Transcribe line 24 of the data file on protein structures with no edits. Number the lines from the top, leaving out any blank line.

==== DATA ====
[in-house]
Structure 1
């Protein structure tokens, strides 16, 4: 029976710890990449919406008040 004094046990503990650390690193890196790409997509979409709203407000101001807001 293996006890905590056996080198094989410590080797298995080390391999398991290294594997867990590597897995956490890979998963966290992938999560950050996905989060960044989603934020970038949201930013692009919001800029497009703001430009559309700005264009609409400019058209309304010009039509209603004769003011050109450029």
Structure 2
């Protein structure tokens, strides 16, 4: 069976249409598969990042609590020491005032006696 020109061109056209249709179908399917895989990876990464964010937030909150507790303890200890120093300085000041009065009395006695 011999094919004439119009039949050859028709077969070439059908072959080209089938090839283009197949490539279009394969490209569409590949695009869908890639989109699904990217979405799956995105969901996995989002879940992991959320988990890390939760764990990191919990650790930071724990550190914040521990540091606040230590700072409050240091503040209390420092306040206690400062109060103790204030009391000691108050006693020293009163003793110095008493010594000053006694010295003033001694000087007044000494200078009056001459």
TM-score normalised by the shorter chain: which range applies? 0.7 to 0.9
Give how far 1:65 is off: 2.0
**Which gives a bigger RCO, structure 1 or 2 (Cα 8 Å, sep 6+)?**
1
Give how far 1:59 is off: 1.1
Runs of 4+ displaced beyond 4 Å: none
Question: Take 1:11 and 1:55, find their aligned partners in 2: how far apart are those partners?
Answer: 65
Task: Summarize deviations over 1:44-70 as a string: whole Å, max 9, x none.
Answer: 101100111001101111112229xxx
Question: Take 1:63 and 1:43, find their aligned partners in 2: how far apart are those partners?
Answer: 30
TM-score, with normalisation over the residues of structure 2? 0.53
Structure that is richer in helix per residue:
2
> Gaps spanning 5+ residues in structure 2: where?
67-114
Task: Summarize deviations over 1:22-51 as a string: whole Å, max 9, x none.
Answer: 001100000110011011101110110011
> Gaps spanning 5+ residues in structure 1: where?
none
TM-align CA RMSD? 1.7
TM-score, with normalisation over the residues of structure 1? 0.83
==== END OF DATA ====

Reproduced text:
Answer: 001100000110011011101110110011